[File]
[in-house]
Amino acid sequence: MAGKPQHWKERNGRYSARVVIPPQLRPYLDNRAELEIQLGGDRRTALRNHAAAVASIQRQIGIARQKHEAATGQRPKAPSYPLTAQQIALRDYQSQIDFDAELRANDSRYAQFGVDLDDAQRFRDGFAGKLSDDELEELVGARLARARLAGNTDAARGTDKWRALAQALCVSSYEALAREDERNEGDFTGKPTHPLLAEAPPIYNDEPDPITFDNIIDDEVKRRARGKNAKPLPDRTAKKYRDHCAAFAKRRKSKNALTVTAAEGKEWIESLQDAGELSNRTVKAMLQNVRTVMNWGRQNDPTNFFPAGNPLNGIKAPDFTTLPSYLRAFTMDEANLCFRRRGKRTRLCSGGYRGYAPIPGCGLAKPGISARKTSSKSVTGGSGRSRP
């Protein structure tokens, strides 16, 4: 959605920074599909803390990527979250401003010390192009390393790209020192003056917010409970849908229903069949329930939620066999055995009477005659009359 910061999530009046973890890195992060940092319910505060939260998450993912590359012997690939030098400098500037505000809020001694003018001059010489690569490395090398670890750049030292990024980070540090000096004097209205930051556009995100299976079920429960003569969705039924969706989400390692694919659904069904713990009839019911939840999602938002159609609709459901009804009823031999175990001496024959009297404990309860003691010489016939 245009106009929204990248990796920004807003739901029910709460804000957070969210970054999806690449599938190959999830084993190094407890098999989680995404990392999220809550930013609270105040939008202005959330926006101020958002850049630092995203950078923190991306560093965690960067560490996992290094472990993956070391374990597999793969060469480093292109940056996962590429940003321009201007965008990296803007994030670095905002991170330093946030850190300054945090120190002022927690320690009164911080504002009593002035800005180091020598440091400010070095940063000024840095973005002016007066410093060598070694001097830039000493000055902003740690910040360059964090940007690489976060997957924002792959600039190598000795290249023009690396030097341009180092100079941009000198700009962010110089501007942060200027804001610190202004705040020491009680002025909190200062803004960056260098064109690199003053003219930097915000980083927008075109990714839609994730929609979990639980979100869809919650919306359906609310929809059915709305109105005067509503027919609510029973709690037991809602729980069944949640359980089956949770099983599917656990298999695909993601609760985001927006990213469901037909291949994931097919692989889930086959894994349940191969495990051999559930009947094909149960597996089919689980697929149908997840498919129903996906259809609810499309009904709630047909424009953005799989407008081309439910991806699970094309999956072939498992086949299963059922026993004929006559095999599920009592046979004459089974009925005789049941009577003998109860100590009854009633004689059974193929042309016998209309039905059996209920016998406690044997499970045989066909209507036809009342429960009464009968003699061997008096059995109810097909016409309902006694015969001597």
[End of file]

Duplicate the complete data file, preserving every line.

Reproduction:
[in-house]
Amino acid sequence: MAGKPQHWKERNGRYSARVVIPPQLRPYLDNRAELEIQLGGDRRTALRNHAAAVASIQRQIGIARQKHEAATGQRPKAPSYPLTAQQIALRDYQSQIDFDAELRANDSRYAQFGVDLDDAQRFRDGFAGKLSDDELEELVGARLARARLAGNTDAARGTDKWRALAQALCVSSYEALAREDERNEGDFTGKPTHPLLAEAPPIYNDEPDPITFDNIIDDEVKRRARGKNAKPLPDRTAKKYRDHCAAFAKRRKSKNALTVTAAEGKEWIESLQDAGELSNRTVKAMLQNVRTVMNWGRQNDPTNFFPAGNPLNGIKAPDFTTLPSYLRAFTMDEANLCFRRRGKRTRLCSGGYRGYAPIPGCGLAKPGISARKTSSKSVTGGSGRSRP
């Protein structure tokens, strides 16, 4: 959605920074599909803390990527979250401003010390192009390393790209020192003056917010409970849908229903069949329930939620066999055995009477005659009359 910061999530009046973890890195992060940092319910505060939260998450993912590359012997690939030098400098500037505000809020001694003018001059010489690569490395090398670890750049030292990024980070540090000096004097209205930051556009995100299976079920429960003569969705039924969706989400390692694919659904069904713990009839019911939840999602938002159609609709459901009804009823031999175990001496024959009297404990309860003691010489016939 245009106009929204990248990796920004807003739901029910709460804000957070969210970054999806690449599938190959999830084993190094407890098999989680995404990392999220809550930013609270105040939008202005959330926006101020958002850049630092995203950078923190991306560093965690960067560490996992290094472990993956070391374990597999793969060469480093292109940056996962590429940003321009201007965008990296803007994030670095905002991170330093946030850190300054945090120190002022927690320690009164911080504002009593002035800005180091020598440091400010070095940063000024840095973005002016007066410093060598070694001097830039000493000055902003740690910040360059964090940007690489976060997957924002792959600039190598000795290249023009690396030097341009180092100079941009000198700009962010110089501007942060200027804001610190202004705040020491009680002025909190200062803004960056260098064109690199003053003219930097915000980083927008075109990714839609994730929609979990639980979100869809919650919306359906609310929809059915709305109105005067509503027919609510029973709690037991809602729980069944949640359980089956949770099983599917656990298999695909993601609760985001927006990213469901037909291949994931097919692989889930086959894994349940191969495990051999559930009947094909149960597996089919689980697929149908997840498919129903996906259809609810499309009904709630047909424009953005799989407008081309439910991806699970094309999956072939498992086949299963059922026993004929006559095999599920009592046979004459089974009925005789049941009577003998109860100590009854009633004689059974193929042309016998209309039905059996209920016998406690044997499970045989066909209507036809009342429960009464009968003699061997008096059995109810097909016409309902006694015969001597």